Somatic symptom disorder

Disorder manifested by persistent somatic symptoms present for at least six months that disrupt patient’s daily life.

Diagnostic and Statistical Manual of Mental Disorders (DCM-5) SSD.

Characterized by multiple medically unexplained physical symptoms, there is serious enough to significantly interfere with the patient’s ability to perform daily activities.

Symptoms may or may not be associated with another medical condition.

Diagnosis used to require a certain number of symptoms to be present from other symptom groups: pain, gastrointestinal, sexual/reproductive, and pseudo-neurological.

Process recognizes that mind and body cannot be separated.

Felt to be a purely psychiatric crisis.

Associated with persistent somatic symptoms present for at least six months that disrupt patients daily life.

Symptoms are significantly distressing or destructive to daily life and accompanied by excessive thoughts, feelings, or behaviors.

Prevalence is 6%.

Prevalence in primary care offices is approximately 10%.

Patients with SSD have higher rates of medical care use, more tests, procedures, and hospitalizations and other groups of patients.

Criteria is that the somatic symptoms must be significantly disruptive to daily life and accompanied by excessive thoughts, feelings, or behaviors.

Associated with chronic symptomatology that is distressing and

Characterized by widespread pain and fatigue.

Medically unexplained symptoms are not necessary for a somatic symptom disorder diagnosis and they may or may not be associated with an identifiable physical condition.

Acknowledges that underlying mechanisms of the symptoms are in most cases unknown.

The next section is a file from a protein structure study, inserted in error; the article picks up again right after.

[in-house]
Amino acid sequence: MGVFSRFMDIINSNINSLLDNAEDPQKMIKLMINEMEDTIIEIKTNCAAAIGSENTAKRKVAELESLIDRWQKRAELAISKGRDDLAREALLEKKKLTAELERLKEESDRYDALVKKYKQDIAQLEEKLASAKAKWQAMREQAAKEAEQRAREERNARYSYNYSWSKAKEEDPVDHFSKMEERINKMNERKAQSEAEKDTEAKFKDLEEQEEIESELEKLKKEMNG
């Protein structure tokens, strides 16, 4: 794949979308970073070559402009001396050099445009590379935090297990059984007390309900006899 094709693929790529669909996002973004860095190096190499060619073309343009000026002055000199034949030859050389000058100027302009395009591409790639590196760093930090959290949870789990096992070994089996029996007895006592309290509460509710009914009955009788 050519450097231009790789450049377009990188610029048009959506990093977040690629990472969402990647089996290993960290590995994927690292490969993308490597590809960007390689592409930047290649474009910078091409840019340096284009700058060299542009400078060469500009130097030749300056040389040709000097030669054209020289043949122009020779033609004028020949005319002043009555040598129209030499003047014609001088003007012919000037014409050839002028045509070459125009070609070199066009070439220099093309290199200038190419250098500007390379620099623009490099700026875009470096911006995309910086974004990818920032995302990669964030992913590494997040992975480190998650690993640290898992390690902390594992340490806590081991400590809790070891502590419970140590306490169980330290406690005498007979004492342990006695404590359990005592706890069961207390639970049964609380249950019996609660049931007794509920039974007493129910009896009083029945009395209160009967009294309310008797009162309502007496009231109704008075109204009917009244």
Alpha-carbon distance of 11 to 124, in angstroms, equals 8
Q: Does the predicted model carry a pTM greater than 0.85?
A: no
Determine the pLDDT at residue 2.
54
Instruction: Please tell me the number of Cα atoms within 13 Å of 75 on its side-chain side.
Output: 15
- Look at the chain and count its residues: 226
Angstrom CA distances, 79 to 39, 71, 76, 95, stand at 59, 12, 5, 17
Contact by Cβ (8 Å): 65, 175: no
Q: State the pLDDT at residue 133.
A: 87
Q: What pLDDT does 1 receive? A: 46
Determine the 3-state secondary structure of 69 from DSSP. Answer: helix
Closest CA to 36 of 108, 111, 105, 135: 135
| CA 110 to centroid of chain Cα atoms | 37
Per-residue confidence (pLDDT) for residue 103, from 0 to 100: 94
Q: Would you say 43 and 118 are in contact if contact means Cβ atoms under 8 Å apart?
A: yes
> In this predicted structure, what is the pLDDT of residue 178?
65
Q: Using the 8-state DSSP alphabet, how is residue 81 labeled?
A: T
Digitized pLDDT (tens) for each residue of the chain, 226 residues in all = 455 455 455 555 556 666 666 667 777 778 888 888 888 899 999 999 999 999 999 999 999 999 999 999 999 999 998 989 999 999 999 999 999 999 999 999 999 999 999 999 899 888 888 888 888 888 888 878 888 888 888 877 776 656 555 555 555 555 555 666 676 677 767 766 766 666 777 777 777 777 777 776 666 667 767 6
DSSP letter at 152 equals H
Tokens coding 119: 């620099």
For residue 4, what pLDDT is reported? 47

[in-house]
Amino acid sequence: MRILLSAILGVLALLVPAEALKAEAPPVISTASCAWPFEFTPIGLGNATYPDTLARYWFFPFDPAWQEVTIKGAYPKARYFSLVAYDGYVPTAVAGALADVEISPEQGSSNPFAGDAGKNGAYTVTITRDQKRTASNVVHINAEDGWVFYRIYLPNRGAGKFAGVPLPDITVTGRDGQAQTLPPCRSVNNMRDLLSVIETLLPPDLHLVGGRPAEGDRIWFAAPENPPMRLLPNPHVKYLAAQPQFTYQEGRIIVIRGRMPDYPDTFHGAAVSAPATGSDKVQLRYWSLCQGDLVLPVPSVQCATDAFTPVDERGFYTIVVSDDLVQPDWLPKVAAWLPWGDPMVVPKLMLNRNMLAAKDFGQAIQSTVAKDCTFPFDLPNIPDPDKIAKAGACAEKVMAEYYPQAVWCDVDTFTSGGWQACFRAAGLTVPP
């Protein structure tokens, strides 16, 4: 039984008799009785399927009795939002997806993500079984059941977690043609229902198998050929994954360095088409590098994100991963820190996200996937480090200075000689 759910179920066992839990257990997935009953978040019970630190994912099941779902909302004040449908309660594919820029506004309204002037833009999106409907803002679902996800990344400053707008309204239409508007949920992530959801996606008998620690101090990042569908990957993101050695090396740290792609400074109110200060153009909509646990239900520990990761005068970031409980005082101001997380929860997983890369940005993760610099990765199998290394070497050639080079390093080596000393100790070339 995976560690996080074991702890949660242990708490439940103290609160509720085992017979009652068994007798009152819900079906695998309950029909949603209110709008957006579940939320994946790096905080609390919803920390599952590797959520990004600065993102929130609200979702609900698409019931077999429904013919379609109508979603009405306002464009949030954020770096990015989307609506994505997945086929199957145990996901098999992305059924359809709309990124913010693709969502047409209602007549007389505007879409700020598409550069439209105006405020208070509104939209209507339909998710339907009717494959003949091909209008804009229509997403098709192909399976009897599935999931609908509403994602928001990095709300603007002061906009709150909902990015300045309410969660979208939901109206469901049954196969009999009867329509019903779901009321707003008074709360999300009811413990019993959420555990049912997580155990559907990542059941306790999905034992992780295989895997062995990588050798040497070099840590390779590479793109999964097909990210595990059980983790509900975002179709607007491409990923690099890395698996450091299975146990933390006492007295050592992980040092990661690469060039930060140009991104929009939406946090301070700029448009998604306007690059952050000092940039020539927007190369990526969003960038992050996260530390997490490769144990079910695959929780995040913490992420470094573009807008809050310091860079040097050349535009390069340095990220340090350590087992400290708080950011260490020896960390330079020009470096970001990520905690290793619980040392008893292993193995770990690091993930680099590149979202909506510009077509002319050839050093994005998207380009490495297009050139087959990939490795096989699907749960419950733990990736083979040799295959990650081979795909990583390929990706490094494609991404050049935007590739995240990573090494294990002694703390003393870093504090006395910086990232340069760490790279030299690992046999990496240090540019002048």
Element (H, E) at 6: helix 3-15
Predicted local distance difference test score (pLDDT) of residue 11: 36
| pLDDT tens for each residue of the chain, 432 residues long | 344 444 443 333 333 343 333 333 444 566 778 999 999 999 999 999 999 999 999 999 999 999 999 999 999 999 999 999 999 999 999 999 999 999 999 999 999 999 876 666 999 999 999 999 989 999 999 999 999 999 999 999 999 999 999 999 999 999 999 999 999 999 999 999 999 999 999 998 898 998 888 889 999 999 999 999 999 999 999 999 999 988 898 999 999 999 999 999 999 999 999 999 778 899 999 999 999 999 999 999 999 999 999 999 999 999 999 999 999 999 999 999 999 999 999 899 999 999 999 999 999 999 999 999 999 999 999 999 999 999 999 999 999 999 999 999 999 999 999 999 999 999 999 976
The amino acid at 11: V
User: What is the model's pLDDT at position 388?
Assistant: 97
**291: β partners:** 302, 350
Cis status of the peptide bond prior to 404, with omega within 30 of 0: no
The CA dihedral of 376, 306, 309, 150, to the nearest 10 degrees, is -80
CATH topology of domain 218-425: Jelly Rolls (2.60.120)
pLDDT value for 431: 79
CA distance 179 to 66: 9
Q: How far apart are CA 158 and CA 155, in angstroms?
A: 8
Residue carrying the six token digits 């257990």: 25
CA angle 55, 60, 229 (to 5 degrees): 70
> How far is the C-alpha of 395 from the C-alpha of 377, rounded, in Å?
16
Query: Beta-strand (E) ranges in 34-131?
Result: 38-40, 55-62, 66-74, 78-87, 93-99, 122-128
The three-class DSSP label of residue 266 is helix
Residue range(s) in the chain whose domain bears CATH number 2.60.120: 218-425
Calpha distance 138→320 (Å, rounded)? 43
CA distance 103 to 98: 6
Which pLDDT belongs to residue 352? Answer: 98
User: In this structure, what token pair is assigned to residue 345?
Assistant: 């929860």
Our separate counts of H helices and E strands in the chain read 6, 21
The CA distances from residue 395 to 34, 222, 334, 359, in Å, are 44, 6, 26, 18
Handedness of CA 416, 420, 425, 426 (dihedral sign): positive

Many of the symptoms are usually accompanied by excessive emotional reactions, and a psychiatric component is usually apparent and establishes need for psychiatric care.

Diagnosis includes the findings of: a persistent attachment to the belief that an organic illness is present with negative clinical assessments, a multiplicity of symptoms, vagueness and ambiguity of symptoms, denial of any connection between psychosocial distress and the patient’s somatic distress. expression of disappointment that physicians have that satisfactorily diagnosed their disease, and or disappointment with negative test results.

New diagnostic perspective for SSD realizes that some patients with physical conditions such as heart disease may experience disproportionate and excessive thoughts, feelings, and behaviors related to illness and they qualify, as well for, for the same diagnosis.

Patients with SSD miss significantly more time from work than control groups.

The degree of disability is equal to or greater than that associated with many other chronic medical disorders.

A screening tool commonly used is the Patient Health Questionnaire 15-item Somatic Symptom Severity Screen

Stomach pain

Back pain

Pain in the arms, legs, or joints

Menstrual cramps are of the problems with periods


Chest pain


Fainting spells

Feeling the heart pounding or racing

Shortness of breath

Pain or problems during sexual intercourse

Constipation, loose bowels, or diarrhea

Nausea, gas, or indigestion

Feeling tired or having low energy

Trouble sleeping

In the above 13 the score is or for not bothered, 1 for bothered a little, and 2 for bothered alot and for the last 2, 0 for not at all, 1 for several days, and greater than half the days the score is 2.

PHQ-15 scores of five, 10, and 15 represent low, medium, and high somatic symptom severity, respectively.

Patients with somatic symptom disorder have symptoms which are difficult to ameliorate.

Physical symptoms in patients are less responsive to treatment when disease is absent than when disease is present.

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